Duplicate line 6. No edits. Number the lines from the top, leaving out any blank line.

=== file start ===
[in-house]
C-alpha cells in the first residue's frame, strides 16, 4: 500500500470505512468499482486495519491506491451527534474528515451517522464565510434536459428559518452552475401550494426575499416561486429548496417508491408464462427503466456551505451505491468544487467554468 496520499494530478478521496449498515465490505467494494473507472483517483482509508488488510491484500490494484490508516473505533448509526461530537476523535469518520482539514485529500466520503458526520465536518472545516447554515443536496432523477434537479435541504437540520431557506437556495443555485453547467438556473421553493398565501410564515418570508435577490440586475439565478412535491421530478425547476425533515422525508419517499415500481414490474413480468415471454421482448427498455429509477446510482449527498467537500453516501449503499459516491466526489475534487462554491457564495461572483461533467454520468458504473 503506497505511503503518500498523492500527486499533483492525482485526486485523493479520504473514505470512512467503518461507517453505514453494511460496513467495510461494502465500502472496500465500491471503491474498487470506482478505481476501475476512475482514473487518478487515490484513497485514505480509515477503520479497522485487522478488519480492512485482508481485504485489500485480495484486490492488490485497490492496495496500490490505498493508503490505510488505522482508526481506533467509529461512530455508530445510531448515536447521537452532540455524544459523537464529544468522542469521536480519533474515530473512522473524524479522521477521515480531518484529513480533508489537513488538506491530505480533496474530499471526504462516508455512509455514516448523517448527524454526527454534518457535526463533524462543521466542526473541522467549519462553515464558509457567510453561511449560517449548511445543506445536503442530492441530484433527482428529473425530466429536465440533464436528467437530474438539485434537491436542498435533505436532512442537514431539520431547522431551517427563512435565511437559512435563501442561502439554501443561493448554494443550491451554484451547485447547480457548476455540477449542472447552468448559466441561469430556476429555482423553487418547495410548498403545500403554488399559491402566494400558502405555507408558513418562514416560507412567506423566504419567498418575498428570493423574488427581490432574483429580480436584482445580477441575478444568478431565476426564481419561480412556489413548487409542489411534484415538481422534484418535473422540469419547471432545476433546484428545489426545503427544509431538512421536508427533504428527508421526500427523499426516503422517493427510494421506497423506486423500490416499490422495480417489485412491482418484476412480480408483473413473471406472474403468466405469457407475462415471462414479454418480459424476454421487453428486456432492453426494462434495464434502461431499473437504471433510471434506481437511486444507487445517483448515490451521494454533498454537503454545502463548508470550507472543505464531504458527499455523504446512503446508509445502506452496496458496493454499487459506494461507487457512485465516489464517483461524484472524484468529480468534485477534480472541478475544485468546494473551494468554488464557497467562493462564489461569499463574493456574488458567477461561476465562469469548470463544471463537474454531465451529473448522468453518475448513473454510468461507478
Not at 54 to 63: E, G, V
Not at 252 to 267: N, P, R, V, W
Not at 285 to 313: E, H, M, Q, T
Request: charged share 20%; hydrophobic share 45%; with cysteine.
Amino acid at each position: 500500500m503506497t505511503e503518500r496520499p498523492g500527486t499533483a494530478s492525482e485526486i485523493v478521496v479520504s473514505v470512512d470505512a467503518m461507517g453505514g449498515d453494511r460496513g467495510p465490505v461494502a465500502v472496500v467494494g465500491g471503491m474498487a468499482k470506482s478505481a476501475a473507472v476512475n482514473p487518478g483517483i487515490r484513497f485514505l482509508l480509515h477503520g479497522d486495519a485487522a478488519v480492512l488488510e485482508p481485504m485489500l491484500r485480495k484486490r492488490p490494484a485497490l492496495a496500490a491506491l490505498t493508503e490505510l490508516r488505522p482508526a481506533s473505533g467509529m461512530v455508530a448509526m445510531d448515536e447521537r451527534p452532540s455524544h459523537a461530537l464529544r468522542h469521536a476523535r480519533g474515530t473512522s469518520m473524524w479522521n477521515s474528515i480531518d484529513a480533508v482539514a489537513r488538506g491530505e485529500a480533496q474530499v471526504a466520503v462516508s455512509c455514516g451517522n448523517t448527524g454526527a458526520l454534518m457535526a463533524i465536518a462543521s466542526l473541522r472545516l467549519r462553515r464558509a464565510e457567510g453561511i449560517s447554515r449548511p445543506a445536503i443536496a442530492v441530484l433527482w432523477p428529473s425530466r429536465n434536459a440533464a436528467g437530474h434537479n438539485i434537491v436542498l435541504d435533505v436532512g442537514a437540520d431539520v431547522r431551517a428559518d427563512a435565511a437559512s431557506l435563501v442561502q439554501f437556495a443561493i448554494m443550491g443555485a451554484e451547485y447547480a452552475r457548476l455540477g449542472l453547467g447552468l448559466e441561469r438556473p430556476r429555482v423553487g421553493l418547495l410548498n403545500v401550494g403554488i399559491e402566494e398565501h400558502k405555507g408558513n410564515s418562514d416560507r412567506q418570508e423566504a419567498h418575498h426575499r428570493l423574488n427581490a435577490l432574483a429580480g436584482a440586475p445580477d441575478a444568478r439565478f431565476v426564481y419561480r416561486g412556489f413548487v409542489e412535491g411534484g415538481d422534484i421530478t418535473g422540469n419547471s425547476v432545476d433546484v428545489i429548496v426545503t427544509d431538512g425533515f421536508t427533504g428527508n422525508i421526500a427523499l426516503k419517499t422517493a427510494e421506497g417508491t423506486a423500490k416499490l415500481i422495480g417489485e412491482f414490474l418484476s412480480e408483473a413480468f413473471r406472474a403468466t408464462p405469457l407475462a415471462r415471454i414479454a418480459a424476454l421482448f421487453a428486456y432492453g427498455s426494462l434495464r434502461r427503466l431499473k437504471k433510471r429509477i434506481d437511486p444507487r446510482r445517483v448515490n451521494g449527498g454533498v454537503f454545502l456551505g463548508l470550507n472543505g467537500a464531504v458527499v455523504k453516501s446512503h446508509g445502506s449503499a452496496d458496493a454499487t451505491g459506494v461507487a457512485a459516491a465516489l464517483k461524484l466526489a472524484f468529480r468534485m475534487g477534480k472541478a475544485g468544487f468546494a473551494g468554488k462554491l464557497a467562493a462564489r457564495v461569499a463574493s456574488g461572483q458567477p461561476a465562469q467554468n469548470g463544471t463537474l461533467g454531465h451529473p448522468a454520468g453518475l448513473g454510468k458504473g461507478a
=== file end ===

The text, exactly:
Request: charged share 20%; hydrophobic share 45%; with cysteine.